Thesis Defense

Exploring the magnetism of the 4f-based intermetallic compounds on geometrically frustrated lattices

Jeonghun Lee, SFU Physics
Location: Online

Thursday, 10 August 2023 09:00AM PDT


Rare-earth-based intermetallic systems display a wide variety of distinct magnetic properties. Besides the well-known ferromagnetic and antiferromagnetic orderings, specific arrangements of magnetic moments in the lattice can exhibit a wide range of complex magnetic behaviours, such as magnetic frustration, low-dimensional antiferromagnetism, quantum spin liquids and so on. These magnetic phenomena are not restricted to a certain class of materials but are commonly linked to a structural motif. It has been shown that the effects of magnetic frustration are often pronounced in materials with high crystal symmetries and are commonly observed in antiferromagnets with certain lattice geometries, such as 2D square lattices, Kagome (corner-sharing triangles) and triangular lattices (edge-sharing triangles) and pyrochlore (corner-sharing tetrahedra) and face-centred cubic (edge-sharing tetrahedra) structures. The systems studied in this thesis include CeCd3P3 and RV6Sn6, which adopt a hexagonal crystal structure with 2D triangular lattices of 4f moments possessing trigonal and hexagonal point symmetry, respectively, and RNi4Cd, where the 4f  moments form a 3D face-centred cubic lattice. These systems serve as platforms for exploring the magnetic properties of 4f moments in different environments, with a particular emphasis on geometrically frustrated lattices. This thesis is based on the characterization of their crystal structures and their thermodynamic and transport properties.

This thesis also addresses the role of carrier density in 4f magnetism, which is often overlooked. In metals, conduction electrons are mediators for indirect Ruderman–Kittel–Kasuya–Yosida (RKKY) exchange interactions. In Ce- and Yb-based metallic systems, the interplay between intersite 4f–4f coupling and onsite Kondo coupling with conduction electrons determines the ground state, as described by Doniach’s phase diagram. However, the carrier density, which is determined by the number of conduction electrons and holes, can impact these interactions and potentially influence the established phase diagram. Therefore, it is necessary to study the phase diagram for low-carrier density systems. While numerous examples of metallic systems exist, those with low carriers are scarce. CeCd3P3 and Ce3+xRu4Sn13−x are low-carrier systems, as evident from their large room-temperature-resistivity values (>1 mΩ cm). CeCd3P3 with negligible hybridization provides an opportunity to study frustrated magnetism on Ce triangular lattices and to investigate RKKY physics in lowcarrier density cases. Ce3+xRu4Sn13−x, with two crystallographic sites for Ce ions, represents a rare example, where magnetic and electronic properties can be systematically controlled by the occupancy of Ce-ion on the 2a site, denoted as x. The electrical resistivity of Ce3+xRu4Sn13−x displays a transition from Kondo lattice behaviour to semiconductor-like behaviour with increasing x. Investigating the ground state of Ce3+xRu4Sn13−x for various x may elucidate the role of low carriers on the magnetic properties of heavy fermion systems.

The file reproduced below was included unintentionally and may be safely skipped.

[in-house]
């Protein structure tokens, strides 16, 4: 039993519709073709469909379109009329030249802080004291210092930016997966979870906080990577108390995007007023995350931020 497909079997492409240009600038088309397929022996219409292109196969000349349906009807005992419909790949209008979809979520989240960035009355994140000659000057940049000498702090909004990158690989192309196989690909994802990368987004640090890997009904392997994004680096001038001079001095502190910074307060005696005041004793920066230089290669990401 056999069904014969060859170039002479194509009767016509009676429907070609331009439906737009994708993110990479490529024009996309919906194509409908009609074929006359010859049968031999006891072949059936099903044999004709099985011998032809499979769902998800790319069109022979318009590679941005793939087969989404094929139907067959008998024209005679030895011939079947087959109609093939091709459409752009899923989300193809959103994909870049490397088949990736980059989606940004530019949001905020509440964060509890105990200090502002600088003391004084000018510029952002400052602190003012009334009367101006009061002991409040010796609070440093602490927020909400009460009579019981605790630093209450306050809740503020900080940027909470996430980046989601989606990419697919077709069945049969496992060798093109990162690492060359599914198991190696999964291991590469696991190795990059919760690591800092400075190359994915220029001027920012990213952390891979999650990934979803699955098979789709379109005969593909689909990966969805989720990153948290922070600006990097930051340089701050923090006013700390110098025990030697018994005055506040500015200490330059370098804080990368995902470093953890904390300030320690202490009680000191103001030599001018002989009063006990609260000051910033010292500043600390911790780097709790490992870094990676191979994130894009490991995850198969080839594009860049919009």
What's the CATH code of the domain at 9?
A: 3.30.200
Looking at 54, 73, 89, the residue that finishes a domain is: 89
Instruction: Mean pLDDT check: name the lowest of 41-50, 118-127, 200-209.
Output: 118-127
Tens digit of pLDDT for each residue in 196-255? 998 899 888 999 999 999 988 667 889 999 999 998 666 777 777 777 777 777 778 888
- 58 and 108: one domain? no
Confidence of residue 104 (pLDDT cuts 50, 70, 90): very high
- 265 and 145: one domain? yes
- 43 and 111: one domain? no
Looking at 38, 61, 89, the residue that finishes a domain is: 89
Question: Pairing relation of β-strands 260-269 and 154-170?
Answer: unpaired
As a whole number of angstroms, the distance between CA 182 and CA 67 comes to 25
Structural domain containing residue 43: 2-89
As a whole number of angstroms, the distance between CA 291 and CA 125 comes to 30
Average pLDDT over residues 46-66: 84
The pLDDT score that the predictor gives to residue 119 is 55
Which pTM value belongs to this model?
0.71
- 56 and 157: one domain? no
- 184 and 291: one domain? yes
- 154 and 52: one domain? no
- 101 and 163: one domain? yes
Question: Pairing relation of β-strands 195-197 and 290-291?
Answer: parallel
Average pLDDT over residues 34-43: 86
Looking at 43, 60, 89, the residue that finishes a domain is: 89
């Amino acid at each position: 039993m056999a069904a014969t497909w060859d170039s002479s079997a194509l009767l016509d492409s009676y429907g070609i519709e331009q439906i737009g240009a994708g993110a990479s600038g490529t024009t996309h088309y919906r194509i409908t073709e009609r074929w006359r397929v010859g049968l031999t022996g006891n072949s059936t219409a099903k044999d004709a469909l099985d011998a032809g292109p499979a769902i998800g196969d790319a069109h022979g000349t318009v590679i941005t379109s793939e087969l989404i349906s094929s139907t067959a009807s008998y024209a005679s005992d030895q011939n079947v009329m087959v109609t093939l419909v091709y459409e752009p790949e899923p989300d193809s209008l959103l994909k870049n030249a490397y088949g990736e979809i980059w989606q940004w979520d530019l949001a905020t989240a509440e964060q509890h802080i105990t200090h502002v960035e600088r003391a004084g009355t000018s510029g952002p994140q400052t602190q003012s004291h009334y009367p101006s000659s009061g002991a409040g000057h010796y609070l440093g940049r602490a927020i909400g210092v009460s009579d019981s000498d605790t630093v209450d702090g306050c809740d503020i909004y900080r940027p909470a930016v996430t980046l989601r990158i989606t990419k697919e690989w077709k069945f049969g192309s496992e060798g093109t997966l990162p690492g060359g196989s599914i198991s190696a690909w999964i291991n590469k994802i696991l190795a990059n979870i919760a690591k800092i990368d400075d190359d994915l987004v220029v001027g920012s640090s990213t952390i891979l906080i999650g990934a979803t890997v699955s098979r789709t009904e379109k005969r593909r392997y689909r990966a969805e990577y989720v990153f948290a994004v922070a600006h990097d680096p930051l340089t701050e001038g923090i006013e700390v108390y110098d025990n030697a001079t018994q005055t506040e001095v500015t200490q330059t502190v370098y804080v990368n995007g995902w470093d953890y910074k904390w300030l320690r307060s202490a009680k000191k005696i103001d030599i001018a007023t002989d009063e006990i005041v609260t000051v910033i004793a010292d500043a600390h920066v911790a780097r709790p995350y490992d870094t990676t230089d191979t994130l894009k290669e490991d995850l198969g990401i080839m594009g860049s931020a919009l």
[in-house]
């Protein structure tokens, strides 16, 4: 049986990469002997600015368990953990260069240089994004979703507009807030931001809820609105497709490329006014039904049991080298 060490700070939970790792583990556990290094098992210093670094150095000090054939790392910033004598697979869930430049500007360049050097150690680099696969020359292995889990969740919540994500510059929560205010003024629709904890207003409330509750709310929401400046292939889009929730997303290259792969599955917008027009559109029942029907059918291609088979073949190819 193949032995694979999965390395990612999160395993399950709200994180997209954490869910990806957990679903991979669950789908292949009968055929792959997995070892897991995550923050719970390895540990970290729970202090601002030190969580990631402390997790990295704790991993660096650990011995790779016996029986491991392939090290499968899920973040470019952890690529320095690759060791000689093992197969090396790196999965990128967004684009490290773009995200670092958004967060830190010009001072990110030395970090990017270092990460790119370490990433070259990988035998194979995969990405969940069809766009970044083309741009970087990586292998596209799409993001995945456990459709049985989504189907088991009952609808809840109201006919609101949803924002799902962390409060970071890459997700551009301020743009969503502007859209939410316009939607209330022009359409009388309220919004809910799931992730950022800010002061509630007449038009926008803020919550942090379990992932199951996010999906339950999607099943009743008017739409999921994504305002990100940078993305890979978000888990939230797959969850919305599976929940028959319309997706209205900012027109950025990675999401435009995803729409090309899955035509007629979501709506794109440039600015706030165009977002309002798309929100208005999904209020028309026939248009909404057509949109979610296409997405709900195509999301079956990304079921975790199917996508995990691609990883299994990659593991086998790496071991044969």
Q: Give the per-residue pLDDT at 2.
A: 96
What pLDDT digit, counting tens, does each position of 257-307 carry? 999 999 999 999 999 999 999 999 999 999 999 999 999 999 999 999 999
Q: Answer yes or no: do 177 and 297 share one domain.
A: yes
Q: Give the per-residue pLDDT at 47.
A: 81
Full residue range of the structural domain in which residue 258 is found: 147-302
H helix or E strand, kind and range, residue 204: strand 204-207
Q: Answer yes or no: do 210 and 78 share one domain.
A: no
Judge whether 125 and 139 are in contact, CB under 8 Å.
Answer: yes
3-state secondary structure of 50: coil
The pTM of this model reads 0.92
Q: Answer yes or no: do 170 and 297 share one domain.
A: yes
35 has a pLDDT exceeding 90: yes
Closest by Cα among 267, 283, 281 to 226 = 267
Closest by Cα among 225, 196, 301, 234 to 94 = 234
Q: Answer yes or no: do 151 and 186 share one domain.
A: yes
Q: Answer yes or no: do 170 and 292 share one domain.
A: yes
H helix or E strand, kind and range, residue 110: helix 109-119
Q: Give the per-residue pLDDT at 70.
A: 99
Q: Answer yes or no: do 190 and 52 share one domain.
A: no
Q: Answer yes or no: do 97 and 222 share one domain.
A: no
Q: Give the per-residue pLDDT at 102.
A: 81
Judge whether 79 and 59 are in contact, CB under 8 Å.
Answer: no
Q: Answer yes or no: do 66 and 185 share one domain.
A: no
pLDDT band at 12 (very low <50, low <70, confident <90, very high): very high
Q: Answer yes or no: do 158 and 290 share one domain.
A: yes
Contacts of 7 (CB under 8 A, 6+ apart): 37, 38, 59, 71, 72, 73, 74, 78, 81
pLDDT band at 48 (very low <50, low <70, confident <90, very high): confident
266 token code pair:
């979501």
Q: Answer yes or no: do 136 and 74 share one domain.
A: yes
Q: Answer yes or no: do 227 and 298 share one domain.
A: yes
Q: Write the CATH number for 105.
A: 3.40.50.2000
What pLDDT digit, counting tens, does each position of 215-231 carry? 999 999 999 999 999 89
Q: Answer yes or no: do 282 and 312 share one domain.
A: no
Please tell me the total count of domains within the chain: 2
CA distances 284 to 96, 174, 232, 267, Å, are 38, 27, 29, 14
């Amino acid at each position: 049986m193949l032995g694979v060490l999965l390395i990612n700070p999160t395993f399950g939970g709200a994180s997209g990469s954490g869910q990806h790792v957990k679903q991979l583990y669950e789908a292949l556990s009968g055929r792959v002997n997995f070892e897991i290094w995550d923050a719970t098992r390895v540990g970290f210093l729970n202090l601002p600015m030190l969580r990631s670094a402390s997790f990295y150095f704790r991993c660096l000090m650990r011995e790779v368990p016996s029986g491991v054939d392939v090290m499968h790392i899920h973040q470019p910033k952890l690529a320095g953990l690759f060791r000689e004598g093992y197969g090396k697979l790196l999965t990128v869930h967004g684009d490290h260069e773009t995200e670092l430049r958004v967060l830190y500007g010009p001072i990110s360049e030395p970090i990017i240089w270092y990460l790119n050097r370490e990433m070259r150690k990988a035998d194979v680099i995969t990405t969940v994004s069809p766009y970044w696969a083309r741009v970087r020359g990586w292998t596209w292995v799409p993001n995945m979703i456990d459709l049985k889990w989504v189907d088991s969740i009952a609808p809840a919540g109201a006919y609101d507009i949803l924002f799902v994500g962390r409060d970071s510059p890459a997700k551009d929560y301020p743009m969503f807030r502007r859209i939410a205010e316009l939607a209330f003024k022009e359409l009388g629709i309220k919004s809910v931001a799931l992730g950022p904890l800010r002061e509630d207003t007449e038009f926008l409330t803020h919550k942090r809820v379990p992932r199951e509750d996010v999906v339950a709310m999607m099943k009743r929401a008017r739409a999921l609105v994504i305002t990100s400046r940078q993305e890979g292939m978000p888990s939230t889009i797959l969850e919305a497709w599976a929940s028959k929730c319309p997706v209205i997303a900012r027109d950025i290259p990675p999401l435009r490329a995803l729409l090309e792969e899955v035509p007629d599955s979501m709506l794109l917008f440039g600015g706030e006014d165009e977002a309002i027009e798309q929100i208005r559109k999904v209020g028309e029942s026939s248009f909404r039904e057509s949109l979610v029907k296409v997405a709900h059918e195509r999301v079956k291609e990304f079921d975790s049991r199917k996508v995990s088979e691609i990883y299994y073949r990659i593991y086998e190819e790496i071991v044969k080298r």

Keywords: Rare-earth-based intermetallic compounds, geometrical frustration, low-carrier-density,

magnetism, crystalline electric field effect, RKKY, Kondo effect